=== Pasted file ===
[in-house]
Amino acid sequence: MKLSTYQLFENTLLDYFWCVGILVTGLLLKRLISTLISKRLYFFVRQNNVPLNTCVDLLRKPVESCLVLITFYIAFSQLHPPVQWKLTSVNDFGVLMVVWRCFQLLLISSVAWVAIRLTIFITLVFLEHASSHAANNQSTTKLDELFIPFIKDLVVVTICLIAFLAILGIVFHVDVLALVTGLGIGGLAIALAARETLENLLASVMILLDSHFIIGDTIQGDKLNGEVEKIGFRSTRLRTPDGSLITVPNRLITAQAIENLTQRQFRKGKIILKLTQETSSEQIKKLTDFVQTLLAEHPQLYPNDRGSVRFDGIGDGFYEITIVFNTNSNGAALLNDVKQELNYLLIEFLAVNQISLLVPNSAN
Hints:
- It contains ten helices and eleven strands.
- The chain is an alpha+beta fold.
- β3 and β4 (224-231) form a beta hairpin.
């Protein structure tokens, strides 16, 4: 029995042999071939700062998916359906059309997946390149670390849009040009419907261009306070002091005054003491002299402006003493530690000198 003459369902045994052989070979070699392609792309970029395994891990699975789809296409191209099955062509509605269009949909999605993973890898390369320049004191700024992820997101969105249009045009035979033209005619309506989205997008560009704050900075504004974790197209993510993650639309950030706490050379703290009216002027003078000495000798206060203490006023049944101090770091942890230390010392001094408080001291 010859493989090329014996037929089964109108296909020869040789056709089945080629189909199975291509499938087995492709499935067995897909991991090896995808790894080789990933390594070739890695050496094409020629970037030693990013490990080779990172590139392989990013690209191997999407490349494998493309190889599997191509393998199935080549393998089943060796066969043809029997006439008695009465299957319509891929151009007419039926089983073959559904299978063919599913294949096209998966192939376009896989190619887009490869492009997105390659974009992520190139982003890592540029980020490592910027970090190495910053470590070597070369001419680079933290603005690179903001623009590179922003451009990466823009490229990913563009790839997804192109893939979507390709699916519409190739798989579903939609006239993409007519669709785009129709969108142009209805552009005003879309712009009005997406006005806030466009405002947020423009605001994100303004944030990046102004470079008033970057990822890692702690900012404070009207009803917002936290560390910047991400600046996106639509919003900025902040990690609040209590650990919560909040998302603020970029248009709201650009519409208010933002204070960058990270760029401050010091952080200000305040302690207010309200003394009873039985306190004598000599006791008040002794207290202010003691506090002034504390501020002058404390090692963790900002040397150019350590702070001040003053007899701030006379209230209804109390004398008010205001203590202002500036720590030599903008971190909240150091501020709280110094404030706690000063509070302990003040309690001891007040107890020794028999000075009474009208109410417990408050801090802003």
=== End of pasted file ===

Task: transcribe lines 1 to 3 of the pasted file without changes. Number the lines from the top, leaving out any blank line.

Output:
[in-house]
Amino acid sequence: MKLSTYQLFENTLLDYFWCVGILVTGLLLKRLISTLISKRLYFFVRQNNVPLNTCVDLLRKPVESCLVLITFYIAFSQLHPPVQWKLTSVNDFGVLMVVWRCFQLLLISSVAWVAIRLTIFITLVFLEHASSHAANNQSTTKLDELFIPFIKDLVVVTICLIAFLAILGIVFHVDVLALVTGLGIGGLAIALAARETLENLLASVMILLDSHFIIGDTIQGDKLNGEVEKIGFRSTRLRTPDGSLITVPNRLITAQAIENLTQRQFRKGKIILKLTQETSSEQIKKLTDFVQTLLAEHPQLYPNDRGSVRFDGIGDGFYEITIVFNTNSNGAALLNDVKQELNYLLIEFLAVNQISLLVPNSAN
Hints: